The glowing objects were also observed in various places of the Soviet Union, mostly in the northwest. The appearance of an unidentified object over Helsinki reportedly caused heavy radiotraffic on Soviet territory. In the European part of the Soviet Union "bright, luminous bodies surrounded by extended shells and emitting light rays or jets of quaint shapes" were reported. The "shells" reportedly "transformed and diffused within 10 to 15 minutes", while "a more longlived, stable glow was observed, mostly in the northeastern part of the sky". The eyewitnesses included paramedics, on-duty militsiya functionaries, seamen and the longshoremen at Petrozavodsk's port, military, local airport staff and an amateur astronomer. The phenomenon was also observed by the members of the IZMIRAN geophysical expedition near Lekhta. In Saint Petersburg, then Leningrad, the sighting of an unidentified object was reported by three nightshift employees of Pulkovo Airport, including air traffic controller B. Blagirev. According to Blagirev, he spotted a fireball-like object slightly larger than Venus at 3:55 a.m. in the north-north-east at an azimuth of 10°. The object was surrounded by a spacious, rhythmically glowing coat with intricate structure and "the observed phenomenon had nothing similar to aurora". The object moved ascendantly to the observer, to the south-south-west, then it changed the direction to north-north-west and eventually disappeared. All three airport employees failed to identify what they saw. Further reports in the Soviet Union came from Primorsk (two eyewitnesses), Petrodvorets (one eyewitness), Lomonosov (three eyewitnesses), Podporozhye (three eyewitnesses), Polovina (one eyewitness), Leppäsyrjä (one eyewitness), Kem (several eyewitnesses), Põltsamaa, Liiva, Priozersk, Kestenga, Valday and other places. Many reports were accompanied by drawings from eyewitnesses. By 30 December 1978, the Soviet researchers collected a total of 85 reports on the Petrozavodsk phenomenon.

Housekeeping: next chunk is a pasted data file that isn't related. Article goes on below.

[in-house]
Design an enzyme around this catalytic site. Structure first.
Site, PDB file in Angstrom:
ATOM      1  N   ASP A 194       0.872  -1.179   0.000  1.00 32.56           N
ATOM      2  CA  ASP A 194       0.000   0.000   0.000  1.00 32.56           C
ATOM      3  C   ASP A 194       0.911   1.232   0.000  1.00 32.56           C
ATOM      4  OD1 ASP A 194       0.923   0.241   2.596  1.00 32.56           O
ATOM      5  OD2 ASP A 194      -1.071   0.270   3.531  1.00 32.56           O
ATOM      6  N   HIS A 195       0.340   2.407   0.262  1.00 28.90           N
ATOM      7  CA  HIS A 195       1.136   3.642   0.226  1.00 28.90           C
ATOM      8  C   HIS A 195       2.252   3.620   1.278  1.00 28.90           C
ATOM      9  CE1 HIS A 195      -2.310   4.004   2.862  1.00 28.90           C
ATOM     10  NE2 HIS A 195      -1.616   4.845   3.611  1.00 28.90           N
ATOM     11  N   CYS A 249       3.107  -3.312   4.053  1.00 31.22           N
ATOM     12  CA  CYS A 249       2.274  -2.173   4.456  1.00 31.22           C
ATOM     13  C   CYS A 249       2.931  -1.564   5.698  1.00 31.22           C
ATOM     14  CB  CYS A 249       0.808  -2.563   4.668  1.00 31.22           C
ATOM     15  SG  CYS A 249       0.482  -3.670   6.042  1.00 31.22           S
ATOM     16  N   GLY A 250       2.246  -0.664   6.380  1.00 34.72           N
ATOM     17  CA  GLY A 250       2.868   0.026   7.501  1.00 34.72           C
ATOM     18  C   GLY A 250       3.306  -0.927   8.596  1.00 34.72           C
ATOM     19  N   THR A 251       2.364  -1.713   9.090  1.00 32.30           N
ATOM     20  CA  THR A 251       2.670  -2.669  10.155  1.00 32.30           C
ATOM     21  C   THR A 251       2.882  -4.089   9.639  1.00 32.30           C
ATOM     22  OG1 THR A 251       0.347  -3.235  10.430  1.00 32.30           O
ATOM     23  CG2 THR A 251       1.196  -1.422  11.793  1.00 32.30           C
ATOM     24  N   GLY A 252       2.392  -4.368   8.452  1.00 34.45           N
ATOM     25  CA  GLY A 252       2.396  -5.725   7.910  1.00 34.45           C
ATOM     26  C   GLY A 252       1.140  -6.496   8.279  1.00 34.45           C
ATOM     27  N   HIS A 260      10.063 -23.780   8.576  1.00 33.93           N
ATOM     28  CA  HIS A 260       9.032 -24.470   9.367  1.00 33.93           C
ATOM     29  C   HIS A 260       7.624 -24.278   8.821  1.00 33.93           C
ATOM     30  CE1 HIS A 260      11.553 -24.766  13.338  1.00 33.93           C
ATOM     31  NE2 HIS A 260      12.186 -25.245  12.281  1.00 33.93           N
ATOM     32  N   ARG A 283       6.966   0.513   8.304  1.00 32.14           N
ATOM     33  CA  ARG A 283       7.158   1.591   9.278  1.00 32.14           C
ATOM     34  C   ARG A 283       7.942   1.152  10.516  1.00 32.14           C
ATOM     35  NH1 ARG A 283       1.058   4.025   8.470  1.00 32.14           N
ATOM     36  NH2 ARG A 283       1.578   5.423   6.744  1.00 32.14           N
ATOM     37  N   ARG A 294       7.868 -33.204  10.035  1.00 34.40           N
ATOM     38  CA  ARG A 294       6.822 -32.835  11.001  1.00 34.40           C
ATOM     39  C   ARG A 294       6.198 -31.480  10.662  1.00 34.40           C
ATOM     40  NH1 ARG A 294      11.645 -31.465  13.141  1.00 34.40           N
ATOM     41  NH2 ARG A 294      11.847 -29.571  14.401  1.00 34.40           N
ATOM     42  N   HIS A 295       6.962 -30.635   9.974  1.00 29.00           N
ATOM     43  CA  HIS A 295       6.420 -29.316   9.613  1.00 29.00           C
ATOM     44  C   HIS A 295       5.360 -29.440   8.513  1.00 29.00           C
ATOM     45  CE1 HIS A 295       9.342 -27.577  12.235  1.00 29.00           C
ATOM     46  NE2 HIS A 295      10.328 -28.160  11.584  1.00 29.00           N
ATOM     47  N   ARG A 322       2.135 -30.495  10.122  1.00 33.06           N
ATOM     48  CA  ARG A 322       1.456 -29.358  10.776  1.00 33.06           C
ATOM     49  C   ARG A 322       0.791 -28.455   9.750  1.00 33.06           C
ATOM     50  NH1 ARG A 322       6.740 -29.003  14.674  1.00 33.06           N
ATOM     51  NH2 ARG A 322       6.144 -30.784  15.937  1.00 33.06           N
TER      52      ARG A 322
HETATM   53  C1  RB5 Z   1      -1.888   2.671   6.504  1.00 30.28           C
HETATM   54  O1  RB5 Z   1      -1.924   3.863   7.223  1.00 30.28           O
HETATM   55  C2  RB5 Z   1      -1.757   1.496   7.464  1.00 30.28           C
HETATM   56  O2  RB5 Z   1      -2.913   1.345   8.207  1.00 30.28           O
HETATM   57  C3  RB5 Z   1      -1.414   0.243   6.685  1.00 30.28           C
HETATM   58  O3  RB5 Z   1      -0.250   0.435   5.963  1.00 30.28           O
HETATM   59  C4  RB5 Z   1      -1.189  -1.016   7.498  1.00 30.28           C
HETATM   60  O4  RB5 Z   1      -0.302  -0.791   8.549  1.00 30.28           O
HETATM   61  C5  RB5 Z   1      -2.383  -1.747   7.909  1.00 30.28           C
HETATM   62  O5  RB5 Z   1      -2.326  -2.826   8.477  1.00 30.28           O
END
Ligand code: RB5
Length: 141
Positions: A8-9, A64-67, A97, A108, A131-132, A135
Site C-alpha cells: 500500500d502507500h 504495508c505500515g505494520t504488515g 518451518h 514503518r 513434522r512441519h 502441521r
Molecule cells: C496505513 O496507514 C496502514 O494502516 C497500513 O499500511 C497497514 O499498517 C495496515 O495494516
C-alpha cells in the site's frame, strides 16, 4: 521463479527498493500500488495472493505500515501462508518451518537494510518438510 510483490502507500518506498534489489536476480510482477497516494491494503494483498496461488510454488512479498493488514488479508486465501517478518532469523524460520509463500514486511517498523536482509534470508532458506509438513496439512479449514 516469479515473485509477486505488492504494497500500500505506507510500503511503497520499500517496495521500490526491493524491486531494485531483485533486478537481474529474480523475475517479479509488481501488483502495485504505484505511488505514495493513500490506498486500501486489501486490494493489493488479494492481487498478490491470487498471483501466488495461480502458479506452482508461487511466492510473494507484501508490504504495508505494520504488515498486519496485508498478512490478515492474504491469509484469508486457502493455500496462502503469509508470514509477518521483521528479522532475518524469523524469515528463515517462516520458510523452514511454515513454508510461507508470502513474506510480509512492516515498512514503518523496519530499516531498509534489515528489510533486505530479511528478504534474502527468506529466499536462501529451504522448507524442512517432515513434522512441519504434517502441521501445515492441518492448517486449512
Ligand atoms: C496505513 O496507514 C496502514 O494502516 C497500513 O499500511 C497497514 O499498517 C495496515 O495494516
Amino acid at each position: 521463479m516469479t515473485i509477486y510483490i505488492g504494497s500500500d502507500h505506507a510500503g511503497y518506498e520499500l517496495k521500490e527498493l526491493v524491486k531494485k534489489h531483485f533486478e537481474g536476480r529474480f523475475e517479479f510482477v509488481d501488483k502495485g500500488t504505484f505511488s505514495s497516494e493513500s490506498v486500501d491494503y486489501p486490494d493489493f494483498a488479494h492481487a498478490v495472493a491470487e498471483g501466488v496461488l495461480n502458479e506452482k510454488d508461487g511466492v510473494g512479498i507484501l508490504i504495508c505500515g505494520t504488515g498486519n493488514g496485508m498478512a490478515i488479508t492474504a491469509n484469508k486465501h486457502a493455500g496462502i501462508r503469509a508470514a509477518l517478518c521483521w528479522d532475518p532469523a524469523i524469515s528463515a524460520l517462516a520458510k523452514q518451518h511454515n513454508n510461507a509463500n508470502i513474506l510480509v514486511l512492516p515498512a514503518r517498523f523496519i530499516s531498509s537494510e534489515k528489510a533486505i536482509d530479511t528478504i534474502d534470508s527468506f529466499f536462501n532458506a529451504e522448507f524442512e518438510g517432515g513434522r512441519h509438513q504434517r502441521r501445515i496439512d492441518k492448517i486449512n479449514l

Pobeda (watch) - in Modern Russia

In today's Russia, the Petrodvorets Watch Factory from Saint Petersburg is the exclusive holder of the historical brand Pobeda. The factory is also developing other fashion accessories under this brand.

Raketa - Raketa Mechanical Movements

Over the years, the Petrodvorets Watch Factory has produced more than two dozen versions of Raketa movements. Some have been equipped with features such as automatic winding, calendars, 24-hour models for polar explorers, anti-magnetic watches (for use in case of nuclear attack), as well as watches for the military. Mechanical Raketa watches were exported to many Eastern Bloc and communist countries and are considered one of the most durable and reliable movements in the world. By the 1980s Raketa was producing five million watches a year.

Petergof - St. Petersburg State University

The Petrodvorets Complex dates back to 1960s when it was decided to copy best international practices and to construct a brand-new suburban campus for the University, which had a crucial need for new premises. However, the idea was said to be widely opposed by the faculty, who did not want to commute two hours a day, and as few as four faculties relocated to Petergof.

Petergof

The town hosts one of two campuses of Saint Petersburg State University and the Petrodvorets Watch Factory, one of the leading Russian watch manufactures. A series of palaces and gardens, laid out on the orders of Peter the Great and sometimes called the "Russian Versailles," is also situated there. The palace-ensemble along with the city center is recognized as a UNESCO World Heritage Site.